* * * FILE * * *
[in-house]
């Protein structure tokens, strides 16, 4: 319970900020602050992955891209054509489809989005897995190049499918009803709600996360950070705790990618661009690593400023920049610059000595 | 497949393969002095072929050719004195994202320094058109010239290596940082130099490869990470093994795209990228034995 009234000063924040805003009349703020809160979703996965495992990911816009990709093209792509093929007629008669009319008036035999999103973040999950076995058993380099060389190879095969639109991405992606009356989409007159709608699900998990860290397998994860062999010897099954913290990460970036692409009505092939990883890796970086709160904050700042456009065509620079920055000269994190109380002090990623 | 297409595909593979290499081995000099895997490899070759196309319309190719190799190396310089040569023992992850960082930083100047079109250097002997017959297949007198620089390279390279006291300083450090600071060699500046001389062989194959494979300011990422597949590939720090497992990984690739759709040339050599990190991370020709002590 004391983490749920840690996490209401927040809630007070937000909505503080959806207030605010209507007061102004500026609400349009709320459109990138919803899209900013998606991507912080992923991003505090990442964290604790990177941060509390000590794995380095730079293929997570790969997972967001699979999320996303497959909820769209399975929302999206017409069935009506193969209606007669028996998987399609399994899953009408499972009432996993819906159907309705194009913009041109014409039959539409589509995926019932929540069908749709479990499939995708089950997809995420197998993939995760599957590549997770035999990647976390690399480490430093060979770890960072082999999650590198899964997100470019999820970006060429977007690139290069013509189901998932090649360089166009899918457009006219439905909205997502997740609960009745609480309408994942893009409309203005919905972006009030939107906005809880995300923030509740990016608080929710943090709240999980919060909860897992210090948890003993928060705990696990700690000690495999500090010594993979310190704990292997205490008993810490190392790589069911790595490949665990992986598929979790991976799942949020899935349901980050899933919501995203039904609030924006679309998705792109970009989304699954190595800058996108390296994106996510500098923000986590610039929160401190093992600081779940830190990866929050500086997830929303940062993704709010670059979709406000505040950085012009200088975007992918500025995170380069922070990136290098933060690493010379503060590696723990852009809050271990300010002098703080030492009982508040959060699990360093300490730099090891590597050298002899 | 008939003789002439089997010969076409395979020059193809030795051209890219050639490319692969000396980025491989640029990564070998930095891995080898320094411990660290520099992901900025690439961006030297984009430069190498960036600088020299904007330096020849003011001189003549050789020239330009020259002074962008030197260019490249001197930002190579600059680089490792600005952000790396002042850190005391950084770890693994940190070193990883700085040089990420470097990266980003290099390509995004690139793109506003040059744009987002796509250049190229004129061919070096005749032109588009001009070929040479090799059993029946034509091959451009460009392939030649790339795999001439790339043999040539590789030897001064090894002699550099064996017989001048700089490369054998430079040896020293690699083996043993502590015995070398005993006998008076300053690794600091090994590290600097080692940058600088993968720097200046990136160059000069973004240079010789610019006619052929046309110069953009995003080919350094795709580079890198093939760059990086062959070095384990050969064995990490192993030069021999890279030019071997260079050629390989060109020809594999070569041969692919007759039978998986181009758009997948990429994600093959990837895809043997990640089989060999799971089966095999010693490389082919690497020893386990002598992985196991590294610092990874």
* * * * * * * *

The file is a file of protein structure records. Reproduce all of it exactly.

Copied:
[in-house]
């Protein structure tokens, strides 16, 4: 319970900020602050992955891209054509489809989005897995190049499918009803709600996360950070705790990618661009690593400023920049610059000595 | 497949393969002095072929050719004195994202320094058109010239290596940082130099490869990470093994795209990228034995 009234000063924040805003009349703020809160979703996965495992990911816009990709093209792509093929007629008669009319008036035999999103973040999950076995058993380099060389190879095969639109991405992606009356989409007159709608699900998990860290397998994860062999010897099954913290990460970036692409009505092939990883890796970086709160904050700042456009065509620079920055000269994190109380002090990623 | 297409595909593979290499081995000099895997490899070759196309319309190719190799190396310089040569023992992850960082930083100047079109250097002997017959297949007198620089390279390279006291300083450090600071060699500046001389062989194959494979300011990422597949590939720090497992990984690739759709040339050599990190991370020709002590 004391983490749920840690996490209401927040809630007070937000909505503080959806207030605010209507007061102004500026609400349009709320459109990138919803899209900013998606991507912080992923991003505090990442964290604790990177941060509390000590794995380095730079293929997570790969997972967001699979999320996303497959909820769209399975929302999206017409069935009506193969209606007669028996998987399609399994899953009408499972009432996993819906159907309705194009913009041109014409039959539409589509995926019932929540069908749709479990499939995708089950997809995420197998993939995760599957590549997770035999990647976390690399480490430093060979770890960072082999999650590198899964997100470019999820970006060429977007690139290069013509189901998932090649360089166009899918457009006219439905909205997502997740609960009745609480309408994942893009409309203005919905972006009030939107906005809880995300923030509740990016608080929710943090709240999980919060909860897992210090948890003993928060705990696990700690000690495999500090010594993979310190704990292997205490008993810490190392790589069911790595490949665990992986598929979790991976799942949020899935349901980050899933919501995203039904609030924006679309998705792109970009989304699954190595800058996108390296994106996510500098923000986590610039929160401190093992600081779940830190990866929050500086997830929303940062993704709010670059979709406000505040950085012009200088975007992918500025995170380069922070990136290098933060690493010379503060590696723990852009809050271990300010002098703080030492009982508040959060699990360093300490730099090891590597050298002899 | 008939003789002439089997010969076409395979020059193809030795051209890219050639490319692969000396980025491989640029990564070998930095891995080898320094411990660290520099992901900025690439961006030297984009430069190498960036600088020299904007330096020849003011001189003549050789020239330009020259002074962008030197260019490249001197930002190579600059680089490792600005952000790396002042850190005391950084770890693994940190070193990883700085040089990420470097990266980003290099390509995004690139793109506003040059744009987002796509250049190229004129061919070096005749032109588009001009070929040479090799059993029946034509091959451009460009392939030649790339795999001439790339043999040539590789030897001064090894002699550099064996017989001048700089490369054998430079040896020293690699083996043993502590015995070398005993006998008076300053690794600091090994590290600097080692940058600088993968720097200046990136160059000069973004240079010789610019006619052929046309110069953009995003080919350094795709580079890198093939760059990086062959070095384990050969064995990490192993030069021999890279030019071997260079050629390989060109020809594999070569041969692919007759039978998986181009758009997948990429994600093959990837895809043997990640089989060999799971089966095999010693490389082919690497020893386990002598992985196991590294610092990874």